DDN February 2022 February 2022 | Page 15


The ‘ Last night a DJ saved my life ’ session at Constellations heard from speakers across four different continents on the subject of drugs and pleasure on the dancefloor


m a clubber , and I didn ’ t feel the experience of clubbing was particularly well-represented in mainstream narratives and discourses ,’ senior lecturer in criminology at the University of Greenwich , Dr Giulia Zampini , told the Last night a DJ saved my life : a meaningful discussion on the role of drugs and pleasure on the dancefloor session . ‘ There was a lot of stigma and misunderstanding .’
She had launched a project called ‘ People and dancefloors ’ in order to bring clubbing stories to life , emphasising the positives – including taking drugs . ‘ It was quite refreshing to see how people were more than willing to share , coming out about their drug use on camera , which in many contexts – including the UK – can have repercussions in terms of reputations and jobs .’
‘ I ’ ve always been an avid partygoer ,’ Ayodeji Ayoola , a Lagosbased cinematographer , told the session . ‘ But drug use in Nigeria is generally illegal , including alcohol in some parts of the country where you could get arrested for drinking a bottle of beer .’ There was almost no positive conversation about drug use in his country , he said – ‘ and zero conversation about pleasure . It ’ s sad , but it is what it is .’
‘ I share with many drug users and women the pressures of guilt in many everyday situations – the personal is political ,’ said Columbia-based Alejandra Medina of the Acción Técnica Social NGO . Her organisation worked closely with partygoers , party organisers
and the media on issues of harm reduction and pleasure enhancement , and to get across the message that ‘ substance users can actually enjoy themselves without guilt and without risk . As the others mentioned , raving and having fun is stigmatised and seen as immoral , even in the 21st century ’. Her organisation was often condemned for being ‘ promoters ’ of drug use , she said .
Not being honest about the benefits and pleasures of drug use had been a ‘ real disservice ’ to the harm reduction movement , said Mitchell Gomez , executive director of US-based organisation DanceSafe . ‘ People are so heavily propagandised by the drug war , and taught things that are just demonstrably untrue . Even the term “ harm reduction ” implies that harms are intrinsic to drug use . It ’ s deeply concerning to me that we focus so heavily on the harms when the vast majority of people are non-problematic substance users – they ’ re just people who use drugs .’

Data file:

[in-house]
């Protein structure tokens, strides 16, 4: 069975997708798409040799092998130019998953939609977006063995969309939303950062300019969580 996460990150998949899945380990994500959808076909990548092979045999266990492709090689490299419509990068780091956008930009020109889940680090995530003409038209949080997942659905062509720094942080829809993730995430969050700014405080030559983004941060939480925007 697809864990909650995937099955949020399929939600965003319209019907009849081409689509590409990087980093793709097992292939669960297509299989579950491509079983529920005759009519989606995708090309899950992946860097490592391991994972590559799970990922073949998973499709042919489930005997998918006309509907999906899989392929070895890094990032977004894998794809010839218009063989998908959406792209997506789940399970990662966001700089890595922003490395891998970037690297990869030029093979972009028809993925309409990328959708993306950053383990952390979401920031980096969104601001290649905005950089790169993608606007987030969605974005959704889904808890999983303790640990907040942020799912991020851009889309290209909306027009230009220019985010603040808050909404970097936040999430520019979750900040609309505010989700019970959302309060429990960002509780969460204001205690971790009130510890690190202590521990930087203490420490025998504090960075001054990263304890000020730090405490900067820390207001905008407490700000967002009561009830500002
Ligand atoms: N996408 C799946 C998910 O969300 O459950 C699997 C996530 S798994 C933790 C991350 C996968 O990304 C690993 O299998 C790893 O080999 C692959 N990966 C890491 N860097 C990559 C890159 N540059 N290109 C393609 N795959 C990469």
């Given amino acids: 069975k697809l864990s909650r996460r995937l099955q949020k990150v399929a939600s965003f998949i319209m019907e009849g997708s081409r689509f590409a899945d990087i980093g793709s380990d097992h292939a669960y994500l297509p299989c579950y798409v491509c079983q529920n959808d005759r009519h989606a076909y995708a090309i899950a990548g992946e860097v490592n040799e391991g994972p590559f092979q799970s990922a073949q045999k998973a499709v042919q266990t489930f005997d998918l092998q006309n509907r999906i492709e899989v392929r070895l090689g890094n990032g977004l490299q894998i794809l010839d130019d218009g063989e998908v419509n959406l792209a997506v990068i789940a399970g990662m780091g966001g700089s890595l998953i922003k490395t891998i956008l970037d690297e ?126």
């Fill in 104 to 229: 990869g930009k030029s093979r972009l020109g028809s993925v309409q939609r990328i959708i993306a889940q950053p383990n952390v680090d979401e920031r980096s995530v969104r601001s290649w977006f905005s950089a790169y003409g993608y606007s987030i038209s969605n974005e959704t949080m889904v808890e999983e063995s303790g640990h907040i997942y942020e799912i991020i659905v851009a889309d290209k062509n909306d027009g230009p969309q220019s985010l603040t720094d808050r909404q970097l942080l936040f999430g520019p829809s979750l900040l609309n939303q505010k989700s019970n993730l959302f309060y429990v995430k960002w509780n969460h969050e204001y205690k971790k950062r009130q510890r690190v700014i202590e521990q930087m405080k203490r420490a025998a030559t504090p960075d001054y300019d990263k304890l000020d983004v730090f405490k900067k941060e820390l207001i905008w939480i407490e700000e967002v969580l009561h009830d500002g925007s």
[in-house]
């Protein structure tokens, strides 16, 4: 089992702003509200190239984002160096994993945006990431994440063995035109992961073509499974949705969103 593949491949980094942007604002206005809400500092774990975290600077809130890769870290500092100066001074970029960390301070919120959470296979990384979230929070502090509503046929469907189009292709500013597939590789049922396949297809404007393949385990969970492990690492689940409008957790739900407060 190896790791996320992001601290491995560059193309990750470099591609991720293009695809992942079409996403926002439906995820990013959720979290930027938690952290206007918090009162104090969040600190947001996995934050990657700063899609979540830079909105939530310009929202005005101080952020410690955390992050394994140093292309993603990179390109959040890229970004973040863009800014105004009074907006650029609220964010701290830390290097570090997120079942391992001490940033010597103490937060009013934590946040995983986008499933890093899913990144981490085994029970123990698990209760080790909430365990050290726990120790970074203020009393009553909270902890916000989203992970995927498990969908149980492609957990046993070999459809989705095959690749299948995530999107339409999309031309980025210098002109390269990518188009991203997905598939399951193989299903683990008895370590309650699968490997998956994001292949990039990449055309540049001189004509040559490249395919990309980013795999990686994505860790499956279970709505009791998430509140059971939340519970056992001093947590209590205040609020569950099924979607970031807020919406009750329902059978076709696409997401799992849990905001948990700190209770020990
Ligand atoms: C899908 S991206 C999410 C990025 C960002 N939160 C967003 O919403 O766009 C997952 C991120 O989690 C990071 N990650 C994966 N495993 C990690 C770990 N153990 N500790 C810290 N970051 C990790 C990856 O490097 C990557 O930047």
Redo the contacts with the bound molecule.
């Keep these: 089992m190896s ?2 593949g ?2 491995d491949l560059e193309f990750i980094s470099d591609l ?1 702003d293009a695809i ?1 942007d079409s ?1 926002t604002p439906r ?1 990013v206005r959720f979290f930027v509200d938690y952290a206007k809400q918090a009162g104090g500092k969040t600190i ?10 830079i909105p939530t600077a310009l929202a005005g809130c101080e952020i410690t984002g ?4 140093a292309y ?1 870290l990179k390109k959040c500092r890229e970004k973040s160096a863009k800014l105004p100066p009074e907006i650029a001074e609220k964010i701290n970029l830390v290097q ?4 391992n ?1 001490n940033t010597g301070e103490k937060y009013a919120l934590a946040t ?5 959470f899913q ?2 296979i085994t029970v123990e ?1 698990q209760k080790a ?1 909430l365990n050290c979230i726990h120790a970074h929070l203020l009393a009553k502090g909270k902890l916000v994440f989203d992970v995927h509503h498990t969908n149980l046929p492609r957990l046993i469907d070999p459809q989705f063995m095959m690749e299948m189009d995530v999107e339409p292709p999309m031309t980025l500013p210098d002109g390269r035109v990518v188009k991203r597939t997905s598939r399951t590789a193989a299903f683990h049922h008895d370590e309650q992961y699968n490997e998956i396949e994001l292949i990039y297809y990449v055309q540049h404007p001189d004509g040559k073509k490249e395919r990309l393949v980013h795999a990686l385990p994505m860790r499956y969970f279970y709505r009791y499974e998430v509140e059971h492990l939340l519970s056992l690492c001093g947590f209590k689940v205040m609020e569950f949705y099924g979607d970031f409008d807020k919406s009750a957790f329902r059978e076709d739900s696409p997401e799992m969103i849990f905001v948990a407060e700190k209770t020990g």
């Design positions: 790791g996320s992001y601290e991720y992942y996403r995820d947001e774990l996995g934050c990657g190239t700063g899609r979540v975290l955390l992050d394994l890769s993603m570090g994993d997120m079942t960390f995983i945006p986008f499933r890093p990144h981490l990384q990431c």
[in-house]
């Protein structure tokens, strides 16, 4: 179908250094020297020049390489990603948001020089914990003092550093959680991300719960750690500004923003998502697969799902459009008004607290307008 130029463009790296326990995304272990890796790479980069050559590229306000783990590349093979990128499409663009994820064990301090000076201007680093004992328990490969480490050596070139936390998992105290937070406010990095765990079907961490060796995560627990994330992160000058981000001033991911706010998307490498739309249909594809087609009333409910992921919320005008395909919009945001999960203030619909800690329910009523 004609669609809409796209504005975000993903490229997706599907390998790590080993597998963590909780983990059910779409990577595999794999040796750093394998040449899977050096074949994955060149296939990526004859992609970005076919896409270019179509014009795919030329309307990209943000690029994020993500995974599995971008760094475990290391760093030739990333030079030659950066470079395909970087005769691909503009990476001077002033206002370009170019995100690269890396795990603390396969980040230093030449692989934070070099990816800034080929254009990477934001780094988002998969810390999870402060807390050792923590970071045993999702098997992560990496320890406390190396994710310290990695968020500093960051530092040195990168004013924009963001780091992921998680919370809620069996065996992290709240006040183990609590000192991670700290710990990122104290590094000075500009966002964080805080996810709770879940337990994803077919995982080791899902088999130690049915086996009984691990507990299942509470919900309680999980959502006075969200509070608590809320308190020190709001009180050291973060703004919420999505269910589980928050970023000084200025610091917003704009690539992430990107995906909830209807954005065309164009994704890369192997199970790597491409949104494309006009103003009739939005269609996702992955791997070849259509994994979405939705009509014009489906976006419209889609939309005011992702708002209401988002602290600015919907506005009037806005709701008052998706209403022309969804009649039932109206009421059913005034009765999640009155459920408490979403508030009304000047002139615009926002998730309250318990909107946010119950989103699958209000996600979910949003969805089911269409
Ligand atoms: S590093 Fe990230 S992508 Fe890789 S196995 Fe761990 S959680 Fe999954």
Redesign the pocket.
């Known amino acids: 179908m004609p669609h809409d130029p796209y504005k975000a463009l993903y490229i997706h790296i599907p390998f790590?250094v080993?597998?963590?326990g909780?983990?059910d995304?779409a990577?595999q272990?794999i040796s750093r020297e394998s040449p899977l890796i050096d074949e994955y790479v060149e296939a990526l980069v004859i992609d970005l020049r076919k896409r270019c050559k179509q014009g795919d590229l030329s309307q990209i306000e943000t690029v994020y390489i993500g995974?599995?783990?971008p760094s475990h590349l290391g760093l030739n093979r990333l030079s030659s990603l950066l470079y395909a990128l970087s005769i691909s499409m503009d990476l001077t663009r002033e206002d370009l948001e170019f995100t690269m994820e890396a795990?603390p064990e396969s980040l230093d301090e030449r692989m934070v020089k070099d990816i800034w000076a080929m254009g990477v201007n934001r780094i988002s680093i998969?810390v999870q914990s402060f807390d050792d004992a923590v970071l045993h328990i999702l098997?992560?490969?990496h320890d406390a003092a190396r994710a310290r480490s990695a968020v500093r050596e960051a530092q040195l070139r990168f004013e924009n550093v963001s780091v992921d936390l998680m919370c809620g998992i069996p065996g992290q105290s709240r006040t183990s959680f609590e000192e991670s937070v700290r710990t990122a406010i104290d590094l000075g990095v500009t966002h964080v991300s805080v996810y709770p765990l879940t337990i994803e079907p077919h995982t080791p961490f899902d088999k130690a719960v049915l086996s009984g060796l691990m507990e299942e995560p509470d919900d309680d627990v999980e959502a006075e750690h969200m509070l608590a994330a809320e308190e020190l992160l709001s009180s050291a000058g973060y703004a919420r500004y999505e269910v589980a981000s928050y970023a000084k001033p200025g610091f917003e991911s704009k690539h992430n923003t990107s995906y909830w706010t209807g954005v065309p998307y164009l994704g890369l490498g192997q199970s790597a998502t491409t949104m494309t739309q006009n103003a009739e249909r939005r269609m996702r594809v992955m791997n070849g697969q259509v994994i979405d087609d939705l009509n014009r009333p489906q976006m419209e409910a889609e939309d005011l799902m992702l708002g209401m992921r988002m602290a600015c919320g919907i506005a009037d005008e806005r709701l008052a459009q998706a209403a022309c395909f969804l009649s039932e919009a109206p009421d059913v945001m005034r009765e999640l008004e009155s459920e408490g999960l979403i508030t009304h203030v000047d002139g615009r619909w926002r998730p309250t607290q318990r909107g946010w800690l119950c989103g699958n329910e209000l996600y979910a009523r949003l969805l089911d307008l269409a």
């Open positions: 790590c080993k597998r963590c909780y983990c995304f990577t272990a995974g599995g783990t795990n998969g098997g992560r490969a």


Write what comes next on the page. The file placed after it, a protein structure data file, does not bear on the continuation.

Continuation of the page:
Many of his organisation ’ s activities , such as drug checking , were less harm reduction than ‘ drug prohibition harm reduction ’, he said . ‘ If there were legal , regulated markets , then most of what DanceSafe does wouldn ’ t be necessary . The existing UN declaration on Human Rights is entirely incompatible with governments telling you what substances you can or cannot use – the drug war is fundamentally an anti-human rights policy . As harm reductionists and public health professionals we need to start being
very , very honest about the fact that most users benefit and receive pleasure from their drug use .’
‘ We need to come out of the psychoactive closet ,’ agreed Medina . ‘ We want to empower our collective right to have a pleasurable experience , and we need to be able to shake off that guilt that ’ s more about the lack of market regulations and the political will to accept that a drug-free world is not possible .’
While the dancefloor was one place where pleasure-seeking was more allowed than in others , in wider society there remained a ‘ double social taboo ’, said Zampini , with both drugs and pleasure itself in many ways still taboo subjects . ‘ We keep pleasure as a dirty secret ,’ she said , partly because of a religious underpinning that pleasure was sinful and something to be controlled or repressed .
Although manifested differently , this was shared across all cultures , she said . ‘ We still carry the remnants of that – this is where we ’ re still at . But we ’ re all driven by pleasure , we ’ re all pleasure-seeking beings .’
People ’ s perceptions of drugs had been framed by prohibition , but it was fair to say that many pleasurable activities , including sports , carried some risk , she continued , and one way to move away from concepts of guilty and risky pleasures was to foreground mental health . ‘ People are passionate about it , and it gives individuals the power to advocate for their own health . So they can say , “ My experience of taking ecstasy is
‘ Both drugs and pleasure are still taboo subjects . We keep pleasure as a dirty secret , but we ’ re all driven by pleasure , we ’ re all pleasure-seeking beings .’
that it makes me feel good ’. I feel we should really harness that shift to transform the discussion . Maybe then we can start talking about healthy pleasures .’
‘ As the years go by there will be change ,’ said Ayoola . ‘ Whether it ’ s slow or fast it ’ s change , and we ’ ll take whatever it is we get .’ DDN peopleanddancefloors . com